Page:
Does the presence of meaning ones quality of life?
What is the purpose of life? Is there significance to every action, or are actions irrelevant in the long run? In the novels Siddhartha and the Stranger written by Hermann Hesse and Albert Camus the existence of a meaningful and meaningless life has no influence on the quality of life for both main characters. In the British fiction novel Siddhartha, the main character Siddhartha embarks on a journey of enlightenment through experience and understanding in his search for meaning in life. In the French fiction novel the Stranger, Meursault details of his life through an existentialist view and the unfortunate events that led to his final breathe. Though both embarked on different journeys and experienced different hardships they ultimately grew from the challenged life regardless of the meaning expressed throughout their experiences.
A meaningful life served as a goal, and an essential ideology to the life of Siddhartha. Growing tiresome of the traditional ways of his people, his desire and path become a Samana led him to become an exile of the world living without all the fruits of life. Then he progressed on to learn the teachings of Buddha eventually realizing the only way to truly establish meaning within ones life is through life experience. Siddhartha felt as if he were unfulfilled by his existence and personal achievements explaining his constant desire attempt new things. “The vessel was not full, his intellect was not satisfied, his soul was not at peace his heart was not still” (Hesse 5). Siddhartha is aware that every action and each occurrence within his time on earth destined to mold him into complete person. His constant search for deeper meaning lead to the questioning of many practices, religions and cultures but ultimately led Siddhartha to the wisdom and significance he wanted to attain for himself.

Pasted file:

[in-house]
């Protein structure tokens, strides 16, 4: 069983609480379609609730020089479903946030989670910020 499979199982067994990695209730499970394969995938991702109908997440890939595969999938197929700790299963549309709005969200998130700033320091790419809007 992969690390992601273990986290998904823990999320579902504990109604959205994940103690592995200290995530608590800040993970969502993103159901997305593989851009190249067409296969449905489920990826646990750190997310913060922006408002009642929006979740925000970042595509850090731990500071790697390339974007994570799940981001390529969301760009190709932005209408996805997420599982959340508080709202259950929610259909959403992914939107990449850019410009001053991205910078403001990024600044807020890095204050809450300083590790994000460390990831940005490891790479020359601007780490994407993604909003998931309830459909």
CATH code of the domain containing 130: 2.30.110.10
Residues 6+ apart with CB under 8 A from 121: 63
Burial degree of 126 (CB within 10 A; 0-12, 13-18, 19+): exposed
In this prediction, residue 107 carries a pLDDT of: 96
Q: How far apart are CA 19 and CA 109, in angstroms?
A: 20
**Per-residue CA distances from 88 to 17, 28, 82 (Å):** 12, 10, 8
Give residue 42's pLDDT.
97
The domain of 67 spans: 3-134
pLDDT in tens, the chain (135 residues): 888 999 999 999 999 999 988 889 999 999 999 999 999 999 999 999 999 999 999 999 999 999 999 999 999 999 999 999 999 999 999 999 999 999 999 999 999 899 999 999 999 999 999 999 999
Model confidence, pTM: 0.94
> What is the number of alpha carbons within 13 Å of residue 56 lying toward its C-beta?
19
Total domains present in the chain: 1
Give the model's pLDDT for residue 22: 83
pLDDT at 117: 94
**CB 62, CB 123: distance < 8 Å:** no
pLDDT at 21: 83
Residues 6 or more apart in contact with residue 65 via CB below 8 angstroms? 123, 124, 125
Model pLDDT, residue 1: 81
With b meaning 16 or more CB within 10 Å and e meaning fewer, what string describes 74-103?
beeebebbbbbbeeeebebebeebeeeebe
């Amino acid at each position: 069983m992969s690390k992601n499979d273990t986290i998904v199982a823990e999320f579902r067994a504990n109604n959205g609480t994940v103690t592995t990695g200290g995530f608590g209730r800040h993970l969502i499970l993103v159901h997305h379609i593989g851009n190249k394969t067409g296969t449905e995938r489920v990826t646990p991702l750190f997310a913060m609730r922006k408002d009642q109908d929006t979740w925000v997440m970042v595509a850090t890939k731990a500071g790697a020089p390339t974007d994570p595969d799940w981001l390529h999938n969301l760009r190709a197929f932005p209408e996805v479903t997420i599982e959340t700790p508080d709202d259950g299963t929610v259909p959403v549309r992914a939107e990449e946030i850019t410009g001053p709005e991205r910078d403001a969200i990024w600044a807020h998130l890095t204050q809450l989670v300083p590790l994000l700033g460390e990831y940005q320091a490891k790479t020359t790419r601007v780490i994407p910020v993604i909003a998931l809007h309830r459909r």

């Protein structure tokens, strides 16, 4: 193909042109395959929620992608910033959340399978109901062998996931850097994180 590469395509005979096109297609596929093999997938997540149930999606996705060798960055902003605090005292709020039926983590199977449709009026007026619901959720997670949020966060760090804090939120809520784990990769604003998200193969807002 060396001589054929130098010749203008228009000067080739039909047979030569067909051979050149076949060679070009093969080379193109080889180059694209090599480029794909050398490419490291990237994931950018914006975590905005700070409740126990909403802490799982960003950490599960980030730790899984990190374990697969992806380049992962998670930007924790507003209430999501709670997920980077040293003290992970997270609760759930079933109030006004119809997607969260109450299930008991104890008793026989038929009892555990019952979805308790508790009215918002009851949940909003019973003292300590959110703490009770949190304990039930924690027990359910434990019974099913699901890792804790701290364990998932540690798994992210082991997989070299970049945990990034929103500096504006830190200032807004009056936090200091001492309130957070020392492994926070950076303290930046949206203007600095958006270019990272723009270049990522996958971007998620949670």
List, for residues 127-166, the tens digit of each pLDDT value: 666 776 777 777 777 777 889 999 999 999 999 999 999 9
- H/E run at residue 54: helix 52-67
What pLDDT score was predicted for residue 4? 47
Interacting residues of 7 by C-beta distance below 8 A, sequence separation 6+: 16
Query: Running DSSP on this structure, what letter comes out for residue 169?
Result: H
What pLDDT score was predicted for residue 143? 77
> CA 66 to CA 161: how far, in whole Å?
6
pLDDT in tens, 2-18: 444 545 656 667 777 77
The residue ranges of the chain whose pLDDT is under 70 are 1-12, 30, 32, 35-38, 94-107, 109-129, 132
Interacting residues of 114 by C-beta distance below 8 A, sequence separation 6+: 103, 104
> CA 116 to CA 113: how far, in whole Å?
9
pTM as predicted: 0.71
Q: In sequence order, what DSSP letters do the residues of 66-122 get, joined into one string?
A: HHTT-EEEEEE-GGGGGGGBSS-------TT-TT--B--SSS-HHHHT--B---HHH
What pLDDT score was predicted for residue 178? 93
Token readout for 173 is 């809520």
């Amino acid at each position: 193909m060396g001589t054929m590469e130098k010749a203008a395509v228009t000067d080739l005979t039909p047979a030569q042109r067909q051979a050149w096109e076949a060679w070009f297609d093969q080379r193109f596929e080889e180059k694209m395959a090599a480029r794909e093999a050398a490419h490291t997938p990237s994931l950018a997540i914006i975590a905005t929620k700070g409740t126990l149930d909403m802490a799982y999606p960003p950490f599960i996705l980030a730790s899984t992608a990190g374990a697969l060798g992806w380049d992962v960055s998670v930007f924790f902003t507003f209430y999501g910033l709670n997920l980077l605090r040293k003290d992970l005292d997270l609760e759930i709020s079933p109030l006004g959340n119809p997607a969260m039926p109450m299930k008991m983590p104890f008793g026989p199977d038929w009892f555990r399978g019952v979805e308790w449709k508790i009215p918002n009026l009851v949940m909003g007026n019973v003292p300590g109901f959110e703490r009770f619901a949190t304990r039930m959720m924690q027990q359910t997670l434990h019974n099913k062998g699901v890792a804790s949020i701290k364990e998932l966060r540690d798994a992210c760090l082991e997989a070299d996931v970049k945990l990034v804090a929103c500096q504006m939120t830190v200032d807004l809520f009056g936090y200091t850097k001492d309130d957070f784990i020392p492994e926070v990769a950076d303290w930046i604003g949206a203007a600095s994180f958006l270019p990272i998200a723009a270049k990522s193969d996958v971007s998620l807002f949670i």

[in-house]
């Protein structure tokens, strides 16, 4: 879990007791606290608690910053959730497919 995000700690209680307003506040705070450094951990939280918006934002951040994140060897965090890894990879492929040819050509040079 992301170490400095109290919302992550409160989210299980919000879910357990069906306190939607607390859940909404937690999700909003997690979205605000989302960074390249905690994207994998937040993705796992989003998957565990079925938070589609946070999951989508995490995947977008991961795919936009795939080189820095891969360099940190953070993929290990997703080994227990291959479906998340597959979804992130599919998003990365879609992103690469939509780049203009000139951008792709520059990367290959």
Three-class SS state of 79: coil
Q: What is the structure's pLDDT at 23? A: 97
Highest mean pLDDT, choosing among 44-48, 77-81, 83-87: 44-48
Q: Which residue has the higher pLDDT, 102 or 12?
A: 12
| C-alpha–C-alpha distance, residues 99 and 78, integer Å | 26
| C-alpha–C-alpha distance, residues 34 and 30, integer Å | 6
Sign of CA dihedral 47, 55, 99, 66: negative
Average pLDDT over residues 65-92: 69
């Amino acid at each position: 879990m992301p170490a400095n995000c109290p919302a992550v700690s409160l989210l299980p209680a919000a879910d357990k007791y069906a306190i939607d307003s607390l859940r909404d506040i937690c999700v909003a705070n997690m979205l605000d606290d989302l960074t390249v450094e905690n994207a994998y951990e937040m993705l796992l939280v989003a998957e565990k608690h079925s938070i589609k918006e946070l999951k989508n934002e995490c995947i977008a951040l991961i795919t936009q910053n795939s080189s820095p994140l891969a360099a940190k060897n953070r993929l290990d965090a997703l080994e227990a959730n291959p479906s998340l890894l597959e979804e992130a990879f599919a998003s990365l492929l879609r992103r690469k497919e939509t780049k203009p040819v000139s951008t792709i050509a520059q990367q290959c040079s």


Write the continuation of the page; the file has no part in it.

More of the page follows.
While for Meursault the journey went along another path, his life has always...